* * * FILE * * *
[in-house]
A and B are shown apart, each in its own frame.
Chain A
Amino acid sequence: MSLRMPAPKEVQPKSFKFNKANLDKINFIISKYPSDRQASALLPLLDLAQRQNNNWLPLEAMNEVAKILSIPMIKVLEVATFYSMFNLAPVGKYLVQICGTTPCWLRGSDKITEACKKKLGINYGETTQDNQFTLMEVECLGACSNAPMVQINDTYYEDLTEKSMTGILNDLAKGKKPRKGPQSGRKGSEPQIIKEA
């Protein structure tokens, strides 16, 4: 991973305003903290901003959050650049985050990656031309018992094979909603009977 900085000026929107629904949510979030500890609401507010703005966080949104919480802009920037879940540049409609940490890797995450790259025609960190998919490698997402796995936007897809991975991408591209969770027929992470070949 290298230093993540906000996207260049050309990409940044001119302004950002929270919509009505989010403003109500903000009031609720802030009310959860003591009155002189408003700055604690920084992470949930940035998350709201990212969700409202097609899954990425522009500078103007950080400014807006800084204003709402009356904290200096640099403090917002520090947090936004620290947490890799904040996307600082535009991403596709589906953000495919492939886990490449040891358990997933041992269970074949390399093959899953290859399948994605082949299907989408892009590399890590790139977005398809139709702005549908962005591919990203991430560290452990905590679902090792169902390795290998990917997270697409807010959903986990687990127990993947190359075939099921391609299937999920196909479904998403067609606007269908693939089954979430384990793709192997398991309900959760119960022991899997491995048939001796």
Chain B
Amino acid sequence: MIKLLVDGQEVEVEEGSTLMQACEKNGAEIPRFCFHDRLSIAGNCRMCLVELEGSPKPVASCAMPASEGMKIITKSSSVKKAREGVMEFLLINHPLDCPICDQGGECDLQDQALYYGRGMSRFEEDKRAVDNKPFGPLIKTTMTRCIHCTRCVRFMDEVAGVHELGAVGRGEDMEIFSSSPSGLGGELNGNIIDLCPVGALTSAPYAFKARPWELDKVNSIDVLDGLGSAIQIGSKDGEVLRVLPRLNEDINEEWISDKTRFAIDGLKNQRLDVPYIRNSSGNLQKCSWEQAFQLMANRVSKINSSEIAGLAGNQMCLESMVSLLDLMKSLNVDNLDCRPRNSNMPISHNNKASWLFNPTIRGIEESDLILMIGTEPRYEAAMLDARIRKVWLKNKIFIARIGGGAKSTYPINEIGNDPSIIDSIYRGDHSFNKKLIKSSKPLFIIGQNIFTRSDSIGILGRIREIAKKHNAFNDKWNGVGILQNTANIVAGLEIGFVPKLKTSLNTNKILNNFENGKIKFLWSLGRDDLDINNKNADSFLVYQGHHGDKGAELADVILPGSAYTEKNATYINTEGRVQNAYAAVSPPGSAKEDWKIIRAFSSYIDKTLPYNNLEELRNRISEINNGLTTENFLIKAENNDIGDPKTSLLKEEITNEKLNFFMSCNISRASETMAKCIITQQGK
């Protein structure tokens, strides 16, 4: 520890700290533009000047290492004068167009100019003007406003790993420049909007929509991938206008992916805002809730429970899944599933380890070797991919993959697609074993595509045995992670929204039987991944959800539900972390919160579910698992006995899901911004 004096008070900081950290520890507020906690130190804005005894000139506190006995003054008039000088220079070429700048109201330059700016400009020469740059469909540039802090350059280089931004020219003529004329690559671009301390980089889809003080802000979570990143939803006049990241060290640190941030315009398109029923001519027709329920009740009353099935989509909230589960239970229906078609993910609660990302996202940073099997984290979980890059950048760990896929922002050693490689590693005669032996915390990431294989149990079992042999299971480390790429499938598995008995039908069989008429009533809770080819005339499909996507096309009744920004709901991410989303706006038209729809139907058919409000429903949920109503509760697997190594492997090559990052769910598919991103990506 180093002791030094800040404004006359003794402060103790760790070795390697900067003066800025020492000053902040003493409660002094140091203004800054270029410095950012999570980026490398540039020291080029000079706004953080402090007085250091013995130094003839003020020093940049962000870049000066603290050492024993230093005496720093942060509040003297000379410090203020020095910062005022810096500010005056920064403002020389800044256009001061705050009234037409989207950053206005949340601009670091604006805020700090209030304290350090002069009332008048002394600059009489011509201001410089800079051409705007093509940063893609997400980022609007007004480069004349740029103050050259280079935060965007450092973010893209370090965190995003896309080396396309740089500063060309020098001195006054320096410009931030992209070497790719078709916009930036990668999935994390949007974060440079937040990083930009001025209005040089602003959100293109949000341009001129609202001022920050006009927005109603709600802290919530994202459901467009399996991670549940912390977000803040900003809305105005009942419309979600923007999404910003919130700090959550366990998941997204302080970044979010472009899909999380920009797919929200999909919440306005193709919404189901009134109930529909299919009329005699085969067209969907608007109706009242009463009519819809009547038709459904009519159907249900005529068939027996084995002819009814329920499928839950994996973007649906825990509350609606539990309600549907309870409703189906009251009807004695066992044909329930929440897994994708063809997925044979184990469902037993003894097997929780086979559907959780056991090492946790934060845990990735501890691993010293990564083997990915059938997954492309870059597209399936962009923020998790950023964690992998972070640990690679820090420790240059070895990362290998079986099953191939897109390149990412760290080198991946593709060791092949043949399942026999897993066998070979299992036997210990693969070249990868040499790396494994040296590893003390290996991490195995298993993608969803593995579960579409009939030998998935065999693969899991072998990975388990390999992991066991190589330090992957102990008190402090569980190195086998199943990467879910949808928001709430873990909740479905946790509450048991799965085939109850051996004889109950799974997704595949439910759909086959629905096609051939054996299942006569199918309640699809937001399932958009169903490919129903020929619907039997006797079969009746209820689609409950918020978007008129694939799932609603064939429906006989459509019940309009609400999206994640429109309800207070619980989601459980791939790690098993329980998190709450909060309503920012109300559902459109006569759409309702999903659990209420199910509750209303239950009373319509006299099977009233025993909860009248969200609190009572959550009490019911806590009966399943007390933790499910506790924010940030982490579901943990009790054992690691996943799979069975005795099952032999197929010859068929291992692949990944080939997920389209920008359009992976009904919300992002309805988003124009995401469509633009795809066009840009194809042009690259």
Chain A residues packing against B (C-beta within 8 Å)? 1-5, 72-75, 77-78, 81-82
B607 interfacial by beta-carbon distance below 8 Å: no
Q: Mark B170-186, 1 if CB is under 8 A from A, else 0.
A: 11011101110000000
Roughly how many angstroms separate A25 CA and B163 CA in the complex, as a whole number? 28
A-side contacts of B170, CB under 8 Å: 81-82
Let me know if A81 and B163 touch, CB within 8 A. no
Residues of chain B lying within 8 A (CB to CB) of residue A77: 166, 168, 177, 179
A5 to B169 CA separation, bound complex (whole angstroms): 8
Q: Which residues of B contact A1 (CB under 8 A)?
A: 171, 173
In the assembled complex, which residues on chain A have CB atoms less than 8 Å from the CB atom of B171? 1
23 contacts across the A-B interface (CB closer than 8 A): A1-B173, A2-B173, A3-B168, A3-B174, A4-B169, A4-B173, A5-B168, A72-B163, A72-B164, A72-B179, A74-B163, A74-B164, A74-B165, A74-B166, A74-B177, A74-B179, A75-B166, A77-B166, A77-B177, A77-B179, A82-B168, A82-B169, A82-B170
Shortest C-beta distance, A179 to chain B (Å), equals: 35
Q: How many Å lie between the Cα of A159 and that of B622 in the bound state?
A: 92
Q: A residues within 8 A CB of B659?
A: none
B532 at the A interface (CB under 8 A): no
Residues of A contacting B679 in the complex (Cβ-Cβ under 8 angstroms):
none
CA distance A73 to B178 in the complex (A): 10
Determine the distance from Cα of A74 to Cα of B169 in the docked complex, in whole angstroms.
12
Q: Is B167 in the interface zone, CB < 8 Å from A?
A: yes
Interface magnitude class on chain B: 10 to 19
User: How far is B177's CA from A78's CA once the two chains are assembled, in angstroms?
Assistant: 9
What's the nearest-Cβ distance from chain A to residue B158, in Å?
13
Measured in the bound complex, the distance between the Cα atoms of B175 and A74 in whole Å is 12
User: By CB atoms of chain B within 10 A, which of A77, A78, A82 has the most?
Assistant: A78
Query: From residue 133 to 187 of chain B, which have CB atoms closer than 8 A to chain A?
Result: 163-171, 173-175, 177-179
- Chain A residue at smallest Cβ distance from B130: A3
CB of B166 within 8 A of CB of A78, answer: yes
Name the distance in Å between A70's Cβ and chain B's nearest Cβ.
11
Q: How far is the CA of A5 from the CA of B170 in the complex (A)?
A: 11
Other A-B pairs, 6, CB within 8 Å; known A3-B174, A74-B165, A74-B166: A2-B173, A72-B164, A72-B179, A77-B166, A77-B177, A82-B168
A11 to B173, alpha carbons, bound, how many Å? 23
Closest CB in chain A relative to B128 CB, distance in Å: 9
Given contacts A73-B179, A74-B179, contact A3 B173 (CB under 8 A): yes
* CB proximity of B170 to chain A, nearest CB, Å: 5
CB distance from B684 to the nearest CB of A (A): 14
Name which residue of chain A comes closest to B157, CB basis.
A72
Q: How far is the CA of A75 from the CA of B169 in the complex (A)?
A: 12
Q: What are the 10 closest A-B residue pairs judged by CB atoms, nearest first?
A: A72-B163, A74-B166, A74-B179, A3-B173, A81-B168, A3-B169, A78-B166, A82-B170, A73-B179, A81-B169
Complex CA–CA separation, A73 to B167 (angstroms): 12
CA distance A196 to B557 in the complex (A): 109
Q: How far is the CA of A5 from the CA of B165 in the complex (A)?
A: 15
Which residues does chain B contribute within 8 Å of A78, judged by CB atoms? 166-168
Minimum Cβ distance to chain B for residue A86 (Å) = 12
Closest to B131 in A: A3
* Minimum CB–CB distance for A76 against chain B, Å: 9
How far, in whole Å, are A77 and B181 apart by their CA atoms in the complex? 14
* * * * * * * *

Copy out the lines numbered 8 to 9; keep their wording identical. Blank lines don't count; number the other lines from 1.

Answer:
């Protein structure tokens, strides 16, 4: 520890700290533009000047290492004068167009100019003007406003790993420049909007929509991938206008992916805002809730429970899944599933380890070797991919993959697609074993595509045995992670929204039987991944959800539900972390919160579910698992006995899901911004 004096008070900081950290520890507020906690130190804005005894000139506190006995003054008039000088220079070429700048109201330059700016400009020469740059469909540039802090350059280089931004020219003529004329690559671009301390980089889809003080802000979570990143939803006049990241060290640190941030315009398109029923001519027709329920009740009353099935989509909230589960239970229906078609993910609660990302996202940073099997984290979980890059950048760990896929922002050693490689590693005669032996915390990431294989149990079992042999299971480390790429499938598995008995039908069989008429009533809770080819005339499909996507096309009744920004709901991410989303706006038209729809139907058919409000429903949920109503509760697997190594492997090559990052769910598919991103990506 180093002791030094800040404004006359003794402060103790760790070795390697900067003066800025020492000053902040003493409660002094140091203004800054270029410095950012999570980026490398540039020291080029000079706004953080402090007085250091013995130094003839003020020093940049962000870049000066603290050492024993230093005496720093942060509040003297000379410090203020020095910062005022810096500010005056920064403002020389800044256009001061705050009234037409989207950053206005949340601009670091604006805020700090209030304290350090002069009332008048002394600059009489011509201001410089800079051409705007093509940063893609997400980022609007007004480069004349740029103050050259280079935060965007450092973010893209370090965190995003896309080396396309740089500063060309020098001195006054320096410009931030992209070497790719078709916009930036990668999935994390949007974060440079937040990083930009001025209005040089602003959100293109949000341009001129609202001022920050006009927005109603709600802290919530994202459901467009399996991670549940912390977000803040900003809305105005009942419309979600923007999404910003919130700090959550366990998941997204302080970044979010472009899909999380920009797919929200999909919440306005193709919404189901009134109930529909299919009329005699085969067209969907608007109706009242009463009519819809009547038709459904009519159907249900005529068939027996084995002819009814329920499928839950994996973007649906825990509350609606539990309600549907309870409703189906009251009807004695066992044909329930929440897994994708063809997925044979184990469902037993003894097997929780086979559907959780056991090492946790934060845990990735501890691993010293990564083997990915059938997954492309870059597209399936962009923020998790950023964690992998972070640990690679820090420790240059070895990362290998079986099953191939897109390149990412760290080198991946593709060791092949043949399942026999897993066998070979299992036997210990693969070249990868040499790396494994040296590893003390290996991490195995298993993608969803593995579960579409009939030998998935065999693969899991072998990975388990390999992991066991190589330090992957102990008190402090569980190195086998199943990467879910949808928001709430873990909740479905946790509450048991799965085939109850051996004889109950799974997704595949439910759909086959629905096609051939054996299942006569199918309640699809937001399932958009169903490919129903020929619907039997006797079969009746209820689609409950918020978007008129694939799932609603064939429906006989459509019940309009609400999206994640429109309800207070619980989601459980791939790690098993329980998190709450909060309503920012109300559902459109006569759409309702999903659990209420199910509750209303239950009373319509006299099977009233025993909860009248969200609190009572959550009490019911806590009966399943007390933790499910506790924010940030982490579901943990009790054992690691996943799979069975005795099952032999197929010859068929291992692949990944080939997920389209920008359009992976009904919300992002309805988003124009995401469509633009795809066009840009194809042009690259």
Chain A residues packing against B (C-beta within 8 Å)? 1-5, 72-75, 77-78, 81-82